Skip Navigation LinksHome > September 15, 2013 - Volume 38 - Issue 20 > Feasibility of In Vivo Quantitative Magnetic Resonance Imagi...
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doi: 10.1097/BRS.0b013e31829ef69c
Basic Science

Feasibility of In Vivo Quantitative Magnetic Resonance Imaging With Diffusion Weighted Imaging, T2-Weighted Relaxometry, and Diffusion Tensor Imaging in a Clinical 3 Tesla Magnetic Resonance Scanner for the Acute Traumatic Spinal Cord Injury of Rats: Technical Note

Mondragon-Lozano, Rodrigo MSc*; Diaz-Ruiz, Araceli PhD; Ríos, Camilo PhD†,‡; Olayo Gonzalez, Roberto PhD§; Favila, Rafael MSc; Salgado-Ceballos, Hermelinda PhD; Roldan-Valadez, Ernesto MD, MSc**

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Abstract

Study Design. Prospective longitudinal study.

Objective. To verify the feasibility of performing in vivo quantitative magnetic resonance imaging evaluation of moderate traumatic spinal cord injury (SCI) in rats using a clinical 3T scanner.

Summary of Background Data. Animal models of human diseases are essential for translational medicine. Potential treatments of SCI are evaluated in 2 ways: anatomical and functional. Advanced magnetic resonance sequences allow a noninvasive assessment of the spinal cord depicting both. This study describes and validates a very reproducible, feasible, affordable, and reliable method, designed to be applied in commercial 3T equipment, using a novel stereotactic device for spinal cord, leading to a readily available assessment of the progression of damage generated after traumatic SCI in rats.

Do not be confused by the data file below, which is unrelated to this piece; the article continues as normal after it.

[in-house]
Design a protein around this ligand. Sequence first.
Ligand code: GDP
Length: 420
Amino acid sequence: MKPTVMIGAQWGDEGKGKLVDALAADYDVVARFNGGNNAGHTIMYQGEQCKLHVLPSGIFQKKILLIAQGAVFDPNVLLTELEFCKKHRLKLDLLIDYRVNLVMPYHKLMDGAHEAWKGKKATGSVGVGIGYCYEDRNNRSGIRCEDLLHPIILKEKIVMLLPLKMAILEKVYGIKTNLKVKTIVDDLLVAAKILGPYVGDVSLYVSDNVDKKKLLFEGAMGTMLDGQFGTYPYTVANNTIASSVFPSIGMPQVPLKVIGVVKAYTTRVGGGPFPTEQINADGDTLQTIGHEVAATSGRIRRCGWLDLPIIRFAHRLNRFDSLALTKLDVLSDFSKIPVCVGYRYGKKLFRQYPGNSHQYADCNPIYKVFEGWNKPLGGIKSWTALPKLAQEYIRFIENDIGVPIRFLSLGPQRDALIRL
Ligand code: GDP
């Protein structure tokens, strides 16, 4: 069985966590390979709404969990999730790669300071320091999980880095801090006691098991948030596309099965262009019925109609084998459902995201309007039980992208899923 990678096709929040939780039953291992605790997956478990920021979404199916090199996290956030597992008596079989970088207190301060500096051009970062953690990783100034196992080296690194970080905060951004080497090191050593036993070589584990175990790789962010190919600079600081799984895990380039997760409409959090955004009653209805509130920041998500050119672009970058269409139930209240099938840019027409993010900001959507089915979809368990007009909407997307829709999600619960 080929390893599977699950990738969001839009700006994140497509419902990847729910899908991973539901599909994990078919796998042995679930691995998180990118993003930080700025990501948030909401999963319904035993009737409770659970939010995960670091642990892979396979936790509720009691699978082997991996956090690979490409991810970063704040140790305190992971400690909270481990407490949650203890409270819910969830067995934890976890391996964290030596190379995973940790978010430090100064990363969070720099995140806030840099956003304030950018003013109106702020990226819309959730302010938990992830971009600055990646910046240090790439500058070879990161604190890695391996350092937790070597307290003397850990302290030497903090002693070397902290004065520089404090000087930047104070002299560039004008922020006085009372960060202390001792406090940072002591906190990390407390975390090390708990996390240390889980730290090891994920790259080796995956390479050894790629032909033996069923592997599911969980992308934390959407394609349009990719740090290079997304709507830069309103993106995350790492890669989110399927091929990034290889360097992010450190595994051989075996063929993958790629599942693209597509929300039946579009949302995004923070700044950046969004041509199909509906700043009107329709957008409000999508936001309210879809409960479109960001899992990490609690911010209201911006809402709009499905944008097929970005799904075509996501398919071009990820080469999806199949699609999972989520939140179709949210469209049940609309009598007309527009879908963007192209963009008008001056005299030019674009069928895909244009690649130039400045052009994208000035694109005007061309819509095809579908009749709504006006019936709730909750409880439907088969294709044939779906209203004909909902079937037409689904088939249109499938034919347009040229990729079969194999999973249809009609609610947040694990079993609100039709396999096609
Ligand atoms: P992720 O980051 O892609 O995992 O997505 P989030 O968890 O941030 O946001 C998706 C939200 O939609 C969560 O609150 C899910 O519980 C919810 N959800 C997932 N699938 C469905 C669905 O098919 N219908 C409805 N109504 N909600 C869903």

Methods. Four Long-Evans female rats were injured with a New York University weight-drop device to produce the SCI by contusion at thoracic level 10. All animals were placed in a fixation system, using a commercial wrist antenna to obtain magnetic resonance imaging data of the relaxometry time, apparent diffusion coefficient, and fractional anisotropy. Three sets of data obtained before SCI and 1 and 4 weeks after injury were compared.

Results. The data showed a progressive decline in fractional anisotropy measurements after SCI comparing baseline versus the 1-week period (P < 0.001) and baseline versus the 4-week period (P < 0.019), with a significant progressive increase in apparent diffusion coefficient values and T2 after SCI only in the baseline versus the 4-week period (P < 0.045 and P < 0.024, respectively).

Conclusion. Our results helped us to validate a novel method to acquire highly reproducible and reliable quantitative biomarkers of traumatic SCI in vivo by using a 3T clinical MR scanner coupled with a novel stereotactic device for rats.

Level of Evidence: N/A

© 2013 by Lippincott Williams & Wilkins

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